I updated my first book to publish a revised version to add a few new appendices, additional content and possibly a cover update. Under ISBN rules, this constitutes as a different version and so requires a new/different ISBN.
As I’d only published it on CreateSpace originally (as it was called then), what I did was to publish my revision on IngramSpark and also republish it on KDP as a new edition and use the same (new) ISBN across both platforms. Though this way is more costly than purely using Amazon, the pros of being with Ingram outweighs the con of the cost, as I was aiming at trying to get into my local bookshops, which Ingram could help with more than Amazon/KDP extended distribution.
For more info on whether you need a new ISBN if you are revising your book see: Publication Formats, Reprints, Editions, etc. — https://www.isbn.org/faqs_formats_reprints_editions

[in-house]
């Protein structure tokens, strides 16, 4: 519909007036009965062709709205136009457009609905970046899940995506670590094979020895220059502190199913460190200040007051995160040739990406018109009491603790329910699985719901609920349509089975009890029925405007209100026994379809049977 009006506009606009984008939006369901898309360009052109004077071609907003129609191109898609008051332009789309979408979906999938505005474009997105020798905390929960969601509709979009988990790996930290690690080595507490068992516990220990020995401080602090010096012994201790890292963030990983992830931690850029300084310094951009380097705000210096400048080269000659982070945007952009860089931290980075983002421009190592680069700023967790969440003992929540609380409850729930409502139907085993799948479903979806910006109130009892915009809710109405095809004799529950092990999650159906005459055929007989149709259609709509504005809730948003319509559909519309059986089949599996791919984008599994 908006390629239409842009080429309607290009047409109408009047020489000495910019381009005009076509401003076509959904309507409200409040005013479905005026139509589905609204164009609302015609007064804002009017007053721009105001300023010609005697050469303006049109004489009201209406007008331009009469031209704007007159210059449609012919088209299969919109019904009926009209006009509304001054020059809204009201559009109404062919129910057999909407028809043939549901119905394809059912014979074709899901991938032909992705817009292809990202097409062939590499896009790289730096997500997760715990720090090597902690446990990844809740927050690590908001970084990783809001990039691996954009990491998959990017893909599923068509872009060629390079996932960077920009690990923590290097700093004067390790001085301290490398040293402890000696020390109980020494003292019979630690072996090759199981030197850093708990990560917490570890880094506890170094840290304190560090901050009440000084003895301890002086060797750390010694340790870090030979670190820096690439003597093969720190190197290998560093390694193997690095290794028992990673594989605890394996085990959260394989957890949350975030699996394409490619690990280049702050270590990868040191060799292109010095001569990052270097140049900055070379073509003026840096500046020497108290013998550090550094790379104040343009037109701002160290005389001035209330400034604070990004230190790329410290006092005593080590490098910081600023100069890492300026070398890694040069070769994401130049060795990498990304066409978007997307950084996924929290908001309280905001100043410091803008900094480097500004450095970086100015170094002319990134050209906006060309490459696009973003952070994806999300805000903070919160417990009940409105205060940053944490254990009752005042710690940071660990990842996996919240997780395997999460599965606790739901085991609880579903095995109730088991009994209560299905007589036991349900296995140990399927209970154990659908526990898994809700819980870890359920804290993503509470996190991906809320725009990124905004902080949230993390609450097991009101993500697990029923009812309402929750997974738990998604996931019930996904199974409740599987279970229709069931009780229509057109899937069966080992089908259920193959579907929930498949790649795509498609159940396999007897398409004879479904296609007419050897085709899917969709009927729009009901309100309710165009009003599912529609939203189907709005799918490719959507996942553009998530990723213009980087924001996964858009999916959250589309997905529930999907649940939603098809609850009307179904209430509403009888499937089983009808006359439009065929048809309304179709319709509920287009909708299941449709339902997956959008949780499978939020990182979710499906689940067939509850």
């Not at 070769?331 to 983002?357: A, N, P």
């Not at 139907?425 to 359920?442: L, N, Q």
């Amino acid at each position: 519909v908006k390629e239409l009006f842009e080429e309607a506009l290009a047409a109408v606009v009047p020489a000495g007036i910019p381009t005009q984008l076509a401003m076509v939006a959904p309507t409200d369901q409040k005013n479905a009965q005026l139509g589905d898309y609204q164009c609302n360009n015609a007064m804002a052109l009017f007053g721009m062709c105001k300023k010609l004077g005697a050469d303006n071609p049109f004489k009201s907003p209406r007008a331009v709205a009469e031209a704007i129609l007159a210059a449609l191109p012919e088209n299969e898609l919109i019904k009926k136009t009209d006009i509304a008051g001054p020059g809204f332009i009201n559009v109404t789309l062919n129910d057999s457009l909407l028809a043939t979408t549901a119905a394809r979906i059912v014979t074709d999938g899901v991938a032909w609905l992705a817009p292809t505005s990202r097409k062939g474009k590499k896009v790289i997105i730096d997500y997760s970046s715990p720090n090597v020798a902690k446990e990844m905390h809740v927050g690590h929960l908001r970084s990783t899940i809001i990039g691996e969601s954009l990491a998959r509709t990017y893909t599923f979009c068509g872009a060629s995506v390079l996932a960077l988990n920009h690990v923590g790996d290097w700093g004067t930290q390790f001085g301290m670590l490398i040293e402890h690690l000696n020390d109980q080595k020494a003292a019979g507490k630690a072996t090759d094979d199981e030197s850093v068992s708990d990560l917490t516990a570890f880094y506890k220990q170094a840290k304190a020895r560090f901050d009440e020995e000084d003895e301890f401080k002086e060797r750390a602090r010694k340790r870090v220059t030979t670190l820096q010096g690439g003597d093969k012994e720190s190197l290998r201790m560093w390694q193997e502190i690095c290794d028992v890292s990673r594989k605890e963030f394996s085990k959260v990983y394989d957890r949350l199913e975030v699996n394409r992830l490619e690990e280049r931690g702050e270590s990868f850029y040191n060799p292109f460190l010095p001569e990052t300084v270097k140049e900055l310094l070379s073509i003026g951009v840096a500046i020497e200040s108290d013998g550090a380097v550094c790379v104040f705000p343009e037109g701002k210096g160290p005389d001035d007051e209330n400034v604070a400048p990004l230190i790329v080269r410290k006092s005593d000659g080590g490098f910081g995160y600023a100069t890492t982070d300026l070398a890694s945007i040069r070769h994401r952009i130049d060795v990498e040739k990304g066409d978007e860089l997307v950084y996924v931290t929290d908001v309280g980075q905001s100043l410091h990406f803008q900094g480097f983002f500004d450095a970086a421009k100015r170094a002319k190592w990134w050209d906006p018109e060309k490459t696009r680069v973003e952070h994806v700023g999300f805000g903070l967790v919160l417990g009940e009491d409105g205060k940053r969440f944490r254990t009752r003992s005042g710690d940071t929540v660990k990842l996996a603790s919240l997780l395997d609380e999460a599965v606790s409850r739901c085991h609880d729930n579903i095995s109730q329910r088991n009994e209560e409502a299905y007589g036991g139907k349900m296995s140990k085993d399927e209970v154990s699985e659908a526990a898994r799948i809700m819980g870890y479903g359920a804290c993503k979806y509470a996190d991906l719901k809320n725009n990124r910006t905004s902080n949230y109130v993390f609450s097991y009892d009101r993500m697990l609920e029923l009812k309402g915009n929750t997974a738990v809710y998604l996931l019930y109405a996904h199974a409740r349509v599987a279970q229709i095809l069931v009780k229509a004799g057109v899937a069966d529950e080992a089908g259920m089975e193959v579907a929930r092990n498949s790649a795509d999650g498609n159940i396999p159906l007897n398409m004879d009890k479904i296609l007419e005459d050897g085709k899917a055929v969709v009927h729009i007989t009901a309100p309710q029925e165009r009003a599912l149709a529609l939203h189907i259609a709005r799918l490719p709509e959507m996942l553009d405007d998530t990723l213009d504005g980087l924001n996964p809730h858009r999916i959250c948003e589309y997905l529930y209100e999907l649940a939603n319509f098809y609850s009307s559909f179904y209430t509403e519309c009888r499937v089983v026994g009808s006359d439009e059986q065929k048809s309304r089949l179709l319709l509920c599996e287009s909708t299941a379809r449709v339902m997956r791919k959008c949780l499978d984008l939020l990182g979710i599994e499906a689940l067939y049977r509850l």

For any of my future books, I plan to publish on IngramSpark first with an ISBN number I buy, and then use it on both Ingram and Amazon to save any trouble with multiple ISBN’s or same edition clashes with the free KDP issued ISBN.
With Amazon, the publisher is listed as “CreateSpace” (it may be KDP now, I’m not entirely sure) and to many bookshops and distributors, this is a red flag and has the connotations of being a poorly-written self-published indie book which they rarely want to touch (regardless of whether the content is amazing). IngramSpark has no other choice but to use your own ISBN number, as they don’t provide any.
When you buy an ISBN (the expensive ones anyway) you get to list your own publisher name if you are self-publishing, and so “blend in” with other “real” publisher on distribution lists. The cheaper ISBNs may use their own publishing name, but it will still be less obvious than the CreateSpace/KDP connection.